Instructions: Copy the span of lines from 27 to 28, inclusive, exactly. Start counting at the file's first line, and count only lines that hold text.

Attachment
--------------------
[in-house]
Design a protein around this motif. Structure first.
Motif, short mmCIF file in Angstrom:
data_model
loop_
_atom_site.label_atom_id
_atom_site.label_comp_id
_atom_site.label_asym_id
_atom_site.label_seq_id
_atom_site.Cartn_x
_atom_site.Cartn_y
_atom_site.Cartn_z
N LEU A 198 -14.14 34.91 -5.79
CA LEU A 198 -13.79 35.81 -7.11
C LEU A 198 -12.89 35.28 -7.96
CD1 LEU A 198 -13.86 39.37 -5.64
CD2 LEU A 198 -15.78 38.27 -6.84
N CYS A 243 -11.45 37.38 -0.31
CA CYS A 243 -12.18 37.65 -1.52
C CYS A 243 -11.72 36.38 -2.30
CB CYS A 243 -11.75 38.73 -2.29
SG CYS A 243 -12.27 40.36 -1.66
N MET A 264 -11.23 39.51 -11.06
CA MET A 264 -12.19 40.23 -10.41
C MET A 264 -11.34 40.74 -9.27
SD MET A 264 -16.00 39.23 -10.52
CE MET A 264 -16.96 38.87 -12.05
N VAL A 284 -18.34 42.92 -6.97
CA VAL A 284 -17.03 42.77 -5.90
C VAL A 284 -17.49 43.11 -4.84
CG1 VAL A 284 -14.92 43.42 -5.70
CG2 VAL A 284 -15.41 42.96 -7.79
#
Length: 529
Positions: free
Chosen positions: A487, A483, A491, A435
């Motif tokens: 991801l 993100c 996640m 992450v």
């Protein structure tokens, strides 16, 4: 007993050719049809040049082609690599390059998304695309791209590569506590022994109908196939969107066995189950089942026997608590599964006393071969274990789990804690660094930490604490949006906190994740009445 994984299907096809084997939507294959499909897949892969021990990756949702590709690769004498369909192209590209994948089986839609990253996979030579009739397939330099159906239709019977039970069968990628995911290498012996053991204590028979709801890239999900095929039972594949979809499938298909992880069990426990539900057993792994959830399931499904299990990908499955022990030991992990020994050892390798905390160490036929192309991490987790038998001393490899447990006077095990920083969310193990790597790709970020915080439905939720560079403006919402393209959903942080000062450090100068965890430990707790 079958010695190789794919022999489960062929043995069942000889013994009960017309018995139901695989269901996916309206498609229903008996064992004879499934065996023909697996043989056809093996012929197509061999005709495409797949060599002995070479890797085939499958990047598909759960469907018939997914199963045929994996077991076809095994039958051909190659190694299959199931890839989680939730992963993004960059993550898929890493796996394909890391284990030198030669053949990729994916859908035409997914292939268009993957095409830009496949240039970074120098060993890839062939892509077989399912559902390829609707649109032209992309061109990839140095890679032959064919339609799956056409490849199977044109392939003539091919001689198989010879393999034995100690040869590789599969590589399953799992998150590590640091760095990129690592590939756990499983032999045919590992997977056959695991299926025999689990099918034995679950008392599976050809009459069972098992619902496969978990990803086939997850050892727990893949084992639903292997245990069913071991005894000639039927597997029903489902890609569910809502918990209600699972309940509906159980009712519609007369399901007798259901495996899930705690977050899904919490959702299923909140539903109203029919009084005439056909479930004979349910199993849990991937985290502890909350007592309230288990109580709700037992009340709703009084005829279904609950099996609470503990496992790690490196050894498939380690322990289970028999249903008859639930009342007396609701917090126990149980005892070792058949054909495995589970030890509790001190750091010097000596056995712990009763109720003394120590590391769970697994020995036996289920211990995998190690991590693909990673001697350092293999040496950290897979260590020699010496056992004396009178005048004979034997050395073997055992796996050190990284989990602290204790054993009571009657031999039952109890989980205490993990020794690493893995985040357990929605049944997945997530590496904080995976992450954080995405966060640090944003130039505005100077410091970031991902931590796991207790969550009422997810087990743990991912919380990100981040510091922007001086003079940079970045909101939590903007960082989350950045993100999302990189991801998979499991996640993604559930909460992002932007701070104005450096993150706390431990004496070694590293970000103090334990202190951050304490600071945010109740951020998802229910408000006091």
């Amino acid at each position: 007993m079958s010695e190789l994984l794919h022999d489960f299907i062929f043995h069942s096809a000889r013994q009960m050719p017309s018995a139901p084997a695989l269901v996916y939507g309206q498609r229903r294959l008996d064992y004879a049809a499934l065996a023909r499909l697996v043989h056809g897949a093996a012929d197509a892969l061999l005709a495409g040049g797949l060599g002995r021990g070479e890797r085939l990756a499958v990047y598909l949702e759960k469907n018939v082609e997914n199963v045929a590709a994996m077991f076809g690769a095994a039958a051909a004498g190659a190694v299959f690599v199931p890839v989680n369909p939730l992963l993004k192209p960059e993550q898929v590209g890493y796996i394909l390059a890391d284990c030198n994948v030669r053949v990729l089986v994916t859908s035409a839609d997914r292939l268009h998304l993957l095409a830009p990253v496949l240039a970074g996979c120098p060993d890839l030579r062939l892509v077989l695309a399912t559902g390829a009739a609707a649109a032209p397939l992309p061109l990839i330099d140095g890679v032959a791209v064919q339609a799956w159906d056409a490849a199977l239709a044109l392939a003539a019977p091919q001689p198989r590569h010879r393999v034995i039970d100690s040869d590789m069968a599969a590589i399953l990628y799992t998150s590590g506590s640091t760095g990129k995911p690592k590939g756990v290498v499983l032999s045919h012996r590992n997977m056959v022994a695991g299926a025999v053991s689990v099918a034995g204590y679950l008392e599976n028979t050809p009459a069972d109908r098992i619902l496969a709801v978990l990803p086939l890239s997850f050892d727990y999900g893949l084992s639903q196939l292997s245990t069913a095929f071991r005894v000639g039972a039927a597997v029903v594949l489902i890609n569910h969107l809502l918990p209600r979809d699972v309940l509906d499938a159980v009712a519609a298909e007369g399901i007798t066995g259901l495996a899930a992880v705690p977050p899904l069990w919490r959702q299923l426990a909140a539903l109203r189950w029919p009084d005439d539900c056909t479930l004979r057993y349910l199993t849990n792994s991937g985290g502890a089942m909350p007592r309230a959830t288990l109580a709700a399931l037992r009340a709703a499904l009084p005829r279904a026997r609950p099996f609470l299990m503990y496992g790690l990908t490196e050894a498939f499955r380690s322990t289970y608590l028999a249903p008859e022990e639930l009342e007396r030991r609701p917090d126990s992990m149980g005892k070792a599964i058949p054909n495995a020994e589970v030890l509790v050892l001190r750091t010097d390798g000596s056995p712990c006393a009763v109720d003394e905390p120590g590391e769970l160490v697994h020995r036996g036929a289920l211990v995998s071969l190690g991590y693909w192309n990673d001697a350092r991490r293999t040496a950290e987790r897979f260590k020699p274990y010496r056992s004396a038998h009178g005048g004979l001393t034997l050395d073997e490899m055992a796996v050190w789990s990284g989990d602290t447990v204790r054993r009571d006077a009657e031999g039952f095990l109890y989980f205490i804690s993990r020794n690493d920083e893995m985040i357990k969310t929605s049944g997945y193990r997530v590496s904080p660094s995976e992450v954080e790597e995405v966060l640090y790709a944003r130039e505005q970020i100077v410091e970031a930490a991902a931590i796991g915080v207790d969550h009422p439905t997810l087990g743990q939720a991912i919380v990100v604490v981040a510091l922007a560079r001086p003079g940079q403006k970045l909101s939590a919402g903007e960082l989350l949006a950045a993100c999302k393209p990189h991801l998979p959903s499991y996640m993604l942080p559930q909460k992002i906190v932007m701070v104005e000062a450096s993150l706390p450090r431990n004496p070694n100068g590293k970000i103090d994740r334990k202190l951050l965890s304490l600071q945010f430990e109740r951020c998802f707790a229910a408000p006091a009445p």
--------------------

CE MET A 264 -16.96 38.87 -12.05
N VAL A 284 -18.34 42.92 -6.97